PALM SPRINGS — The 26th annual Palm Springs International Film Festival lit up the desert night sky Saturday night with an awards gala recognizing top prospects in this year's Oscar race. Talent from films like "Gone Girl," "Birdman," "The Theory of Everything," "Still Alice" and "Wild," among others, was on hand to ring in the new year with towering statues dished out on a massive stage that seemed to scream out, "This is a serious awards season stop!"

Early honors went to breakthrough performances from Rosamund Pike ("Gone Girl") and David Oyleowo ("Selma"). The latter was introduced by "Selma" producer Brad Pitt, who said he wanted to broach a subject that everyone was thinking about. No, it wasn't recent criticism of the film's historical accuracy, but rather, how to pronounce Oyelowo's last name. "You're going to be referencing this name for years to come," he exclaimed. "You have to learn this!"

Pitt then led the audience on a singalong to help nail the pronunciation in the key of Spanish football anthem "Olé, Olé, Olé." He also praised Oyelowo's work as Dr. Martin Luther King Jr. as "a masterclass performance that transcends imitation." Taking the stage, Oyelowo was all smiles. "You know you've broken through when Brad Pitt sings your name," he said.

Pike, meanwhile —who gave birth barely a month ago and was introduced by "Gone Girl" co-stars Carrie Coon and Kim Dickens — was reminded of a sentiment from her character Amy Dunne in David Fincher's dark film: "I've forgotten how to behave." On the "rare occasions" when she's been at a podium such as this, Pike offered, "I have no idea how to behave."

She remembered adoring Fincher's 1995 film "Se7en" and, around the time of her work on the 2002 James Bond extravaganza "Die Another Day," expressed an interest in working for the filmmaker. "David Fincher never casts Bond girls," she was told. So she set off on a series of "calculated career decisions," she joked, roles in "Doom," "Wrath of the Titans" and "Johnny English Reborn." After 12 years, "Bingo. He called," she jested.

Director Jason Reitman captured the essence of "Whiplash" honoree J.K. Simmons by describing how fun it was to be in public with him and see who recognizes the character actor and for what role. With such a versatile portfolio, it's little surprise that Simmons once upon a time was shooting scenes as an incarcerated skinhead in HBO's "Oz" while taking the stage at night to belt out "I've got your horse right here, the name is Paul Revere" in "Guys and Dolls."

And talk about capturing an essence. Shirley MacLaine gave one of the great awards season introductory speeches (if that's a thing) for "Boyhood" director and Sonny Bono Visionary Award recipient Richard Linklater. After thinking back on the processes of such legendary helmers as Alfred Hitchcock ("He hated actors") and Billy Wilder (he would often ask you to do the same thing but take out "12 and a half seconds"), she noted Linklater's propensity to greet certain creative questions on set with a blasé, "I don't know," often leaving performers to find their way into their roles without overt directorial intrusion. When it's all said and done, "You don't care about pleasing the director, you care about pleasing the character," she said of how working with him impacted her. "Because of him, I discovered my inner bitch." (She played a bit of a "b" word in Linklater's "Bernie," you see.)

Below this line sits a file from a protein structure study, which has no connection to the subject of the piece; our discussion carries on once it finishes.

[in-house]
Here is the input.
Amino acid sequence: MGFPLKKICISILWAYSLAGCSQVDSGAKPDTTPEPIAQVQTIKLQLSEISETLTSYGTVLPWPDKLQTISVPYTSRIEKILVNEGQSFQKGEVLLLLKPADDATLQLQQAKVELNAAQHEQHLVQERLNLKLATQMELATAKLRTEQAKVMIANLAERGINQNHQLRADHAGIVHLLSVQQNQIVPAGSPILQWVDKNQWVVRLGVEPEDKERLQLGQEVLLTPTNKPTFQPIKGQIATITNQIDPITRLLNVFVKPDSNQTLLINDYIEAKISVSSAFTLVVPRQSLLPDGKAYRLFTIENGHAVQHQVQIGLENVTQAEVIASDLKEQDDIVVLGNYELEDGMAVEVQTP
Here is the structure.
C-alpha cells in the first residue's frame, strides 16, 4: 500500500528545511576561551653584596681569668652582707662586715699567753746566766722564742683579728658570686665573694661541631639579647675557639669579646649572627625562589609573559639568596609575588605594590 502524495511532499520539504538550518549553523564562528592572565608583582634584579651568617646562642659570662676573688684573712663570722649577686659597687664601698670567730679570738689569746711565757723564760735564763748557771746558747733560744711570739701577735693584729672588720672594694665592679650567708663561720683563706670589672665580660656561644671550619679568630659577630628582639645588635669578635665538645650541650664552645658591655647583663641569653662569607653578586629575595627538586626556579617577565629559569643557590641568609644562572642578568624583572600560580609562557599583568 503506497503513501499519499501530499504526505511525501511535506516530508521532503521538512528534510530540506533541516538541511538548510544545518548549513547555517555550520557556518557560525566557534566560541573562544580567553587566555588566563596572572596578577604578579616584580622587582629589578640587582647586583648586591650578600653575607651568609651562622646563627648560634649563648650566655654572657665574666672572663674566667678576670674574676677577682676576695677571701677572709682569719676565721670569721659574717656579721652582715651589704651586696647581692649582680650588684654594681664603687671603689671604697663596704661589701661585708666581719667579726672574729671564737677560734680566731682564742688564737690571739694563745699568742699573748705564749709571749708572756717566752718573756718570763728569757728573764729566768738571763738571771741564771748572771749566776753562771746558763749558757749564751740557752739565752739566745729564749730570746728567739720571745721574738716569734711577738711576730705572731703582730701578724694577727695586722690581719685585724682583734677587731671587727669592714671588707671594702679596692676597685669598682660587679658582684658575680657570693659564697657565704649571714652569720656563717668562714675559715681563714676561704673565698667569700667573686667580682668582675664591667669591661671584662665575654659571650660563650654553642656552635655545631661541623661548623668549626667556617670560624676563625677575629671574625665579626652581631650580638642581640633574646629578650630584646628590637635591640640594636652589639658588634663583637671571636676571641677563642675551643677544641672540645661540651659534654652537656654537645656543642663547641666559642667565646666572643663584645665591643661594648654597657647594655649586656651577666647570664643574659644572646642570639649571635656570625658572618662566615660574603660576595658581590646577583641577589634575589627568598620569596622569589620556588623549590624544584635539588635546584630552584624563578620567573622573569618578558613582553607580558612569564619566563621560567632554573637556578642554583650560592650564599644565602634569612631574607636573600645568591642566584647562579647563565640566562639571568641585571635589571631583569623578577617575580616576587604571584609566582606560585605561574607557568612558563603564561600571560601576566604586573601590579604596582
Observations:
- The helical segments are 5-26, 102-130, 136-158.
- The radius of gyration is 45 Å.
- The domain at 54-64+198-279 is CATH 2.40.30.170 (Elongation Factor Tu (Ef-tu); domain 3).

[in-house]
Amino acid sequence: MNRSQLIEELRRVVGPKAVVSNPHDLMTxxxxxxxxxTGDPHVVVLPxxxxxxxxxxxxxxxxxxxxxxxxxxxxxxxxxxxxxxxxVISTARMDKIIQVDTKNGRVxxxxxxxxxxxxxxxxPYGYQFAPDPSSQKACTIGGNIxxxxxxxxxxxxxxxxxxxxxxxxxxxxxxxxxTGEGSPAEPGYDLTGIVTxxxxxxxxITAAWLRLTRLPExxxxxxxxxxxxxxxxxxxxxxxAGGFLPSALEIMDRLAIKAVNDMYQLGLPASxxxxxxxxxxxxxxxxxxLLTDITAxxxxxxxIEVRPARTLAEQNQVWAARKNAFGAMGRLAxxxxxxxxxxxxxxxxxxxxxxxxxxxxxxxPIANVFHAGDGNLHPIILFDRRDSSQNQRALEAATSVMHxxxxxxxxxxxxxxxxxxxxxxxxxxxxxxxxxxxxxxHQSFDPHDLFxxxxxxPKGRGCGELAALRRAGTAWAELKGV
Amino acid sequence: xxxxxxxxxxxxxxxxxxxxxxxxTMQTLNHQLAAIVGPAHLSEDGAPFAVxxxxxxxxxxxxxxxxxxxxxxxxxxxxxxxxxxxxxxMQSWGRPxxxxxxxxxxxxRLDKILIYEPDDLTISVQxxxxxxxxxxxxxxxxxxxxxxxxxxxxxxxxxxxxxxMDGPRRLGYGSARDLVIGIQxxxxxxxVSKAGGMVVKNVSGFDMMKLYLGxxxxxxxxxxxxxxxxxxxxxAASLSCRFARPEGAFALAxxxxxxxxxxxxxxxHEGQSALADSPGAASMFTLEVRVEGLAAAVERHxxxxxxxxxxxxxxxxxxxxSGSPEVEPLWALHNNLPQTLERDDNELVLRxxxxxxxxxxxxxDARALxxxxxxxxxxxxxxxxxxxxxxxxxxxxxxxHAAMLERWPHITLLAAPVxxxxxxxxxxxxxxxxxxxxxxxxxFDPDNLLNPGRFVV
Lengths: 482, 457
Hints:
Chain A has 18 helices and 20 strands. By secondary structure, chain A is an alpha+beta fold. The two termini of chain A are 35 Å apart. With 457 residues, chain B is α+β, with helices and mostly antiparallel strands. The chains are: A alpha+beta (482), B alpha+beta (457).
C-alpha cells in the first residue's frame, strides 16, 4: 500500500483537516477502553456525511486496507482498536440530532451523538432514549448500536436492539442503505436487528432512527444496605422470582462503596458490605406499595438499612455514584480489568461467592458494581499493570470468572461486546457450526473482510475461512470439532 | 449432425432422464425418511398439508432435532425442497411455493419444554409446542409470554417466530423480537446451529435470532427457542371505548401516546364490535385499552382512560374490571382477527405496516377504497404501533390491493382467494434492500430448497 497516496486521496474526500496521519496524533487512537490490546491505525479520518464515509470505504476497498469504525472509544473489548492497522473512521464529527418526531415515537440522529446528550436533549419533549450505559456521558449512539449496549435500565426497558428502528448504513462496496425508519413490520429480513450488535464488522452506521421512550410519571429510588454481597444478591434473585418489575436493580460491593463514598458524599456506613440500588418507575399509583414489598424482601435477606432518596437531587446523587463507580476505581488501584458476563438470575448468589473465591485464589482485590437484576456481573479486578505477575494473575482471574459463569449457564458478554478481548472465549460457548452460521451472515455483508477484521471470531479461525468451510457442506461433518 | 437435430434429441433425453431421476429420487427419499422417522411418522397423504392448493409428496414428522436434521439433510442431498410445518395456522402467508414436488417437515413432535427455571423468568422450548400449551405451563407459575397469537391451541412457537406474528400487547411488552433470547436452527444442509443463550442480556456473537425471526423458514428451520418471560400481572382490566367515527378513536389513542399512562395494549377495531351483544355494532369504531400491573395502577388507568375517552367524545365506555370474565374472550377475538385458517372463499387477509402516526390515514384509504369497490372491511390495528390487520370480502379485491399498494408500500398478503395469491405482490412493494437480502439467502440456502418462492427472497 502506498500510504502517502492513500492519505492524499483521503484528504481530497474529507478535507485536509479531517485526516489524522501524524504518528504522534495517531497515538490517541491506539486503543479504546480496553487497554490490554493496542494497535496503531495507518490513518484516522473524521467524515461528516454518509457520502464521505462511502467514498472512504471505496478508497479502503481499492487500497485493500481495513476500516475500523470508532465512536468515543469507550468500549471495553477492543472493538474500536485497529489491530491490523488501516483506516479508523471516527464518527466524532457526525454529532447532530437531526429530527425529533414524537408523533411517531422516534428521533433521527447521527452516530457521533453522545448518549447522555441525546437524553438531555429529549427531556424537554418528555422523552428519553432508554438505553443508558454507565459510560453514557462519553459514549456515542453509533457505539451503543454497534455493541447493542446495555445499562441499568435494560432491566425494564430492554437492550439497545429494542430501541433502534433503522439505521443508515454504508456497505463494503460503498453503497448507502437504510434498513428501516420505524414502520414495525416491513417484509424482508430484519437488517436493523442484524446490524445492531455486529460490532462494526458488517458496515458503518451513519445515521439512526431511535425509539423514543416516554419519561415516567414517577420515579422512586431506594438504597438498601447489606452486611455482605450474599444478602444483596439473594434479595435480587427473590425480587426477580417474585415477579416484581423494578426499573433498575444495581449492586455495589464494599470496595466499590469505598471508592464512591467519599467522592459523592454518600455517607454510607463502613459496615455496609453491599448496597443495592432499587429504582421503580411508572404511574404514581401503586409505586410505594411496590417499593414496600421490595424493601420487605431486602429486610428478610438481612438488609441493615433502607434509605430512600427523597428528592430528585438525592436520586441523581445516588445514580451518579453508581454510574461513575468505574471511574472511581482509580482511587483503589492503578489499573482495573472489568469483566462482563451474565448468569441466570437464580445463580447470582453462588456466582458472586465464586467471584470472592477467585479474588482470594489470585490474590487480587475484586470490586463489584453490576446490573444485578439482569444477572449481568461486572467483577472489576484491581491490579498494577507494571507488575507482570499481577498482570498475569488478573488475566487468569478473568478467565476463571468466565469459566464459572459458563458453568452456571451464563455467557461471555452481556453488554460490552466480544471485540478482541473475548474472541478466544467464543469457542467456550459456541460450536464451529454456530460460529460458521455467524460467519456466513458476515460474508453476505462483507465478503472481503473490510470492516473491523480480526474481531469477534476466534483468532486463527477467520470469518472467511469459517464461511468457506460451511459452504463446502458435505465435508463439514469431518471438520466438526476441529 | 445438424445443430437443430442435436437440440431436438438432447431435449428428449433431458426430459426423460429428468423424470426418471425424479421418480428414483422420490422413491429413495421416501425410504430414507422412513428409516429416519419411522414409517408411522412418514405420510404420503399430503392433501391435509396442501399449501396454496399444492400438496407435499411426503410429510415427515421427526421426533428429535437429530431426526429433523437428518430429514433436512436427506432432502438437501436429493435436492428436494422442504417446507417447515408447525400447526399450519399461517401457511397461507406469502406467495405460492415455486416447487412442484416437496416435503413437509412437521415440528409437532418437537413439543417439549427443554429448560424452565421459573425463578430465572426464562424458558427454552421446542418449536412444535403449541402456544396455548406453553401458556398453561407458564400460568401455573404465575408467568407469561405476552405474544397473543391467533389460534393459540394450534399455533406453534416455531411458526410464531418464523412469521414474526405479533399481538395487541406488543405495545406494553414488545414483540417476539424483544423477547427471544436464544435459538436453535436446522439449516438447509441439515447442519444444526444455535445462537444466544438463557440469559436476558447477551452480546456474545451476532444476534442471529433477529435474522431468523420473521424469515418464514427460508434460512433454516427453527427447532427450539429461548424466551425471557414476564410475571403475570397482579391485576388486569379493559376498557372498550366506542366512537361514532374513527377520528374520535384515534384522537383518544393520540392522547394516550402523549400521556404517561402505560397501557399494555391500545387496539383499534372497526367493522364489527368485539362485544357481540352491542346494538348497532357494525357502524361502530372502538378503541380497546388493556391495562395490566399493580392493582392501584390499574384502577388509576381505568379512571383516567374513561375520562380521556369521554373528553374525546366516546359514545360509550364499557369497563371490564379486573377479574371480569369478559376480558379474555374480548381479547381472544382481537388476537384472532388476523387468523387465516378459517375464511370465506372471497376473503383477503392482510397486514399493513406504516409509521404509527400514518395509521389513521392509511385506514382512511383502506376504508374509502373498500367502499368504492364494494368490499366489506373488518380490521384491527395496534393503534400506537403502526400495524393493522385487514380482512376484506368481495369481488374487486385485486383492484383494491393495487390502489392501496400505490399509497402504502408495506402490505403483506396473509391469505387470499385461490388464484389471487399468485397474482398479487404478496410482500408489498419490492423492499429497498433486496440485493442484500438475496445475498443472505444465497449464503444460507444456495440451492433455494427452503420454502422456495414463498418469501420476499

Julianne Moore (who also won an award for her "Still Alice" performance) beamed with pride as Eddie Redmayne, who owes plenty to her fighting for his cause when it came to casting 2007's "Savage Grace," accepted his prize for "The Theory of Everything." Icon Award recipient Robert Duvall pushed back against the notion that the spirit of 1970s filmmaking is dead by noting the symbiotic relationship between alive-and-well independent cinema and studio product in the business, and how he secured a part in "The Judge" due to his work in "Get Low." "Birdman" star Michael Keaton told of how none other than the late, great Mike Nichols told directing award recipient Alejandro González Iñárritu, "Don't do this [movie]. You're heading for disaster," but couldn't deter the filmmaker from his bold vision. And while we were at it, the cast of "The Imitation Game" and "Wild" star Reese Witherspoon also picked up hardware.

It was just one of a slew of dress rehearsals this season, as everything from the Governors Awards to Santa Barbara Film Festival tributes to the Critics' Choice Movie Awards have staked out territory on the awards calendar, making the long, purposeful march to Oscar night a busy one. Palm Springs board chairman Harold Matzner boasted of this particular gala's near-perfect track record of foreshadowing Oscar nominations last year (poor Tom Hanks). How will their prognostication — er, pure show of adulation no matter what the Oscar landscape (right?) — pan out this year?

We'll find out on Jan. 15.

Kristopher Tapley has covered the film awards landscape for over a decade. He founded In Contention in 2005. His work has also appeared in The New York Times, The Times of London and Variety. He begs you not to take any of this too seriously.